China-CEEC cooperation successful paradigm of relations between China and Europe
Branislav Đorđević: The Cooperation has opened up many new opportunities and strengthened the multilateral approach
During the opening remarks, Ivica Dacic, first deputy prime minister and foreign minister of Serbia, Chinese Ambassador to Serbia Chen Bo, Zhao Qi, secretary general of the Chinese Academy of Social Sciences (CASS), and Branislav Đordđević, director of the Institute of International Politics and Economics (IIPE) highlighted the opportunities presented by the cooperation. They underlined the significance of responding to imminent challenges with the commitment of all partners to support the China-CEEC cooperation mechanism to evolve and bring further benefits in the areas of trade, investments, tourism, pandemic prevention and control, and science.
Zhao Qi, secretary general of the Chinese Academy of Social Sciences (CASS) stressed that the China-CEEC cooperation has produced visible results in 20 sectors and 15 platforms, showing that the mechanism is a "living proof of multilateralism."
Branislav Đorđević, director of the Institute of International Politics and Economics (IIPE) reminded the participants of China-CEEC's vital role in the deepening cooperation between China and this part of Europe, in the context of the pandemic and economic and geopolitical challenges. The Cooperation has opened many new opportunities and strengthened the multilateral approach.
Đorđević explained that the current era is full of "uncertainty, when crises pile up and multiply -- from the economy, energy to climate, food security, and epidemic."
He noted that over time geopolitical circumstances have made it much more difficult to implement this vision of a better world underling the cooperation has been focused on long-term goals and already has successfully shifted relations between China and CEECs to multilateralism and politics of friendship.
Director Đorđević concluded that in the context of the weaknesses of the international system China's global development initiatives gain even greater importance as they encourage multipolarity, the central role of the United Nations, and non-interference in the internal affairs of other countries.
Liu Zuokui: Results of the mechanism encouraged all to be optimistic about the cooperation's future
Session two, named "Impact of global neuralgic points, spaces, and processes (trends) on China-CEEC cooperation was moderated by Dr. Tianping Kong, Senior Research Fellow, Institute of European Studies, Chinese Academy of Social Sciences while Professor Liu Zuokui, Deputy Director General, Institute of European Studies, CASS, made a resume of the session stressing that current results of the mechanism encouraged all to be optimistic on the cooperation's future.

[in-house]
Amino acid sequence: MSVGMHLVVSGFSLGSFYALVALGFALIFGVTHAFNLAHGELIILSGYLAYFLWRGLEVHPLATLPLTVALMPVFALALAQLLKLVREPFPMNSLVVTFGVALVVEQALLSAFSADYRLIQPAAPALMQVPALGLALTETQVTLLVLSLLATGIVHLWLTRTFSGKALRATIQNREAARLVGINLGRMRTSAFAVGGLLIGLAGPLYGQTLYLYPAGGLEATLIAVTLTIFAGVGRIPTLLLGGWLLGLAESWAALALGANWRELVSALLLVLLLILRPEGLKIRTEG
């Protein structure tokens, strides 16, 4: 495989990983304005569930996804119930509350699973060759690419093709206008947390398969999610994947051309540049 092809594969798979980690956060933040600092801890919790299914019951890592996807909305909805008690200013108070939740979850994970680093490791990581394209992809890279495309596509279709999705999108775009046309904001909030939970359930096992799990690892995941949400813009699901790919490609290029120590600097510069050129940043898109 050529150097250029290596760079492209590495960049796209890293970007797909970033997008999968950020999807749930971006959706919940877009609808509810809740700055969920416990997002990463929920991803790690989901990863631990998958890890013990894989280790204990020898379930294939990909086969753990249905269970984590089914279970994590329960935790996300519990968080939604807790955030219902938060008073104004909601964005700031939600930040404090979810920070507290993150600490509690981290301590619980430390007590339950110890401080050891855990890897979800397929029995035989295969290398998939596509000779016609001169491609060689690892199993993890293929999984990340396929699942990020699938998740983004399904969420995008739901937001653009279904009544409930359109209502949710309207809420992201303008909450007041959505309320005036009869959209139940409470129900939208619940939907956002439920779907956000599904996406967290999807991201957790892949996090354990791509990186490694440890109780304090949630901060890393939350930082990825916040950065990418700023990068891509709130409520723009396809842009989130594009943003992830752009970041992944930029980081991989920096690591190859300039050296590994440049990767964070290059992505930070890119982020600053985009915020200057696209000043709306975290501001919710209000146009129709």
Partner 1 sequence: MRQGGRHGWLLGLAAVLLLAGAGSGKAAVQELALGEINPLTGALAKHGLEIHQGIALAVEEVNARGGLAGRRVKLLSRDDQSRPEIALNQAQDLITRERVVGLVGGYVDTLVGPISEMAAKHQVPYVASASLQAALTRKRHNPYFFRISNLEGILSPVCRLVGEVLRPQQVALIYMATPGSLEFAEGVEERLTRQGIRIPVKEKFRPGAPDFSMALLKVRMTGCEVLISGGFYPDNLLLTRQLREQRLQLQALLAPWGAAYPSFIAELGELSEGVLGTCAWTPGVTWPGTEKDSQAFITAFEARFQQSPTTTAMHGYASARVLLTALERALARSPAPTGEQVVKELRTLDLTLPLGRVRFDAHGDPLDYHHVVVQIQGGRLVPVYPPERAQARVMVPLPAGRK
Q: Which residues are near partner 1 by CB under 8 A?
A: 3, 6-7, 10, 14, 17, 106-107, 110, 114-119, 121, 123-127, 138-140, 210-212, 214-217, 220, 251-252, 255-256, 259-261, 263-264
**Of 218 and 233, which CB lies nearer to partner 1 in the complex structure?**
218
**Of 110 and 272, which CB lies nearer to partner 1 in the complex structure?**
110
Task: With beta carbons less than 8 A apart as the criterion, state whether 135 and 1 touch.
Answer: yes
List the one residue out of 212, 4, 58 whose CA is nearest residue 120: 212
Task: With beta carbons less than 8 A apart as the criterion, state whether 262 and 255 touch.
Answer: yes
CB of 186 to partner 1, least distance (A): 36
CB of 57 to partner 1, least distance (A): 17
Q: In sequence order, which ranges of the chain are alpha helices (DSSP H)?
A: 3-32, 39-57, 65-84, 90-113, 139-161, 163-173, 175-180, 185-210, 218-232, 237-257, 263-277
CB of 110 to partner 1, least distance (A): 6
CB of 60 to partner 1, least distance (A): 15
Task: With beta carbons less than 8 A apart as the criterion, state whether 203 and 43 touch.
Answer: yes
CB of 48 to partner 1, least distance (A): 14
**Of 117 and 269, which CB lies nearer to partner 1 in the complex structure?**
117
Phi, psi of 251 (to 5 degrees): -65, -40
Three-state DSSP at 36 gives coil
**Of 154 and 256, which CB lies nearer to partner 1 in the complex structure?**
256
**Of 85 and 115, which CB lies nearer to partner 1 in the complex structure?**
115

Jasna Plevnik on main risks for cooperation between China and Central and Eastern Europe in 2023
President of the Geoeconomic Forum Croatia Jasna Plevnik analyzed the impact of geopolitical trends in Europe on China-CEEC cooperation. You can read Jasna Plevnik's speech below:
“After ten years, China-CEEC cooperation is recognized as a successful paradigm of relations between China and Europe, which is organized and implemented according to the principle of common prosperity, and in harmony with the EU standards and rules.
When China launched the cooperation the situation in Europe was quite different than it is now.
There was no pandemic, no war in Ukraine, and no inflation in Europe which is now heading into an economic recession. The current sanctions against Russia appear to have brought much unity to the European Union, yet there is also an increasing division in Europe and globally.
But despite all these tendencies towards cold war mentality geopolitics, the world order has not lost its elements of multipolarity. China and the EU continue to support multilateral formats and economic interdependence as factors that make the world order more multipolar.
It is positive that Germany is aware that the EU thinks too little about the fact that two-thirds of the world does not support the economic sanctions against Russia. Here the point is not in arithmetic but in their support of the UN as the center of multilateralism, new global institutions, including new locations for traditional institutions, stronger multilateral governance, and more democratic international relations.